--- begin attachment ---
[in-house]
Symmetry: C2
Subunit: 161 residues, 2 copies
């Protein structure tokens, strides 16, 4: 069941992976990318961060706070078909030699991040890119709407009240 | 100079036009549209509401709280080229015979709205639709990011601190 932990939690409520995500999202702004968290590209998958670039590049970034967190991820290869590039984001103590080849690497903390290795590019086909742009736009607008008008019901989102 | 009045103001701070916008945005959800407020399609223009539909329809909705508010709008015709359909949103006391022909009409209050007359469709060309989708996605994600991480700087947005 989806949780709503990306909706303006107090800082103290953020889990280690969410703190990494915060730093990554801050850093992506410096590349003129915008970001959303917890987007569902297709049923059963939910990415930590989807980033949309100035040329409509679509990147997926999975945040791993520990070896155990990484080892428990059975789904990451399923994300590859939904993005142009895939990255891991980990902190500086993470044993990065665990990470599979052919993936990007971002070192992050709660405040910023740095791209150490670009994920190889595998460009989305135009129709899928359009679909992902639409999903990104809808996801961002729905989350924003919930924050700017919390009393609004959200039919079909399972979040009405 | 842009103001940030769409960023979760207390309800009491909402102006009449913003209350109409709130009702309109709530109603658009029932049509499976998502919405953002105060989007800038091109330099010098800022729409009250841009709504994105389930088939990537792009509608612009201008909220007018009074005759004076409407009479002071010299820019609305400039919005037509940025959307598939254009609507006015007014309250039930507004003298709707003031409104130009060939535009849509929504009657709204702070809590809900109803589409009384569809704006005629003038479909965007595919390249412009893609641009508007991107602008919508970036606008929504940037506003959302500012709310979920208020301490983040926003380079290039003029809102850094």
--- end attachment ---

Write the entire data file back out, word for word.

[in-house]
Symmetry: C2
Subunit: 161 residues, 2 copies
């Protein structure tokens, strides 16, 4: 069941992976990318961060706070078909030699991040890119709407009240 | 100079036009549209509401709280080229015979709205639709990011601190 932990939690409520995500999202702004968290590209998958670039590049970034967190991820290869590039984001103590080849690497903390290795590019086909742009736009607008008008019901989102 | 009045103001701070916008945005959800407020399609223009539909329809909705508010709008015709359909949103006391022909009409209050007359469709060309989708996605994600991480700087947005 989806949780709503990306909706303006107090800082103290953020889990280690969410703190990494915060730093990554801050850093992506410096590349003129915008970001959303917890987007569902297709049923059963939910990415930590989807980033949309100035040329409509679509990147997926999975945040791993520990070896155990990484080892428990059975789904990451399923994300590859939904993005142009895939990255891991980990902190500086993470044993990065665990990470599979052919993936990007971002070192992050709660405040910023740095791209150490670009994920190889595998460009989305135009129709899928359009679909992902639409999903990104809808996801961002729905989350924003919930924050700017919390009393609004959200039919079909399972979040009405 | 842009103001940030769409960023979760207390309800009491909402102006009449913003209350109409709130009702309109709530109603658009029932049509499976998502919405953002105060989007800038091109330099010098800022729409009250841009709504994105389930088939990537792009509608612009201008909220007018009074005759004076409407009479002071010299820019609305400039919005037509940025959307598939254009609507006015007014309250039930507004003298709707003031409104130009060939535009849509929504009657709204702070809590809900109803589409009384569809704006005629003038479909965007595919390249412009893609641009508007991107602008919508970036606008929504940037506003959302500012709310979920208020301490983040926003380079290039003029809102850094």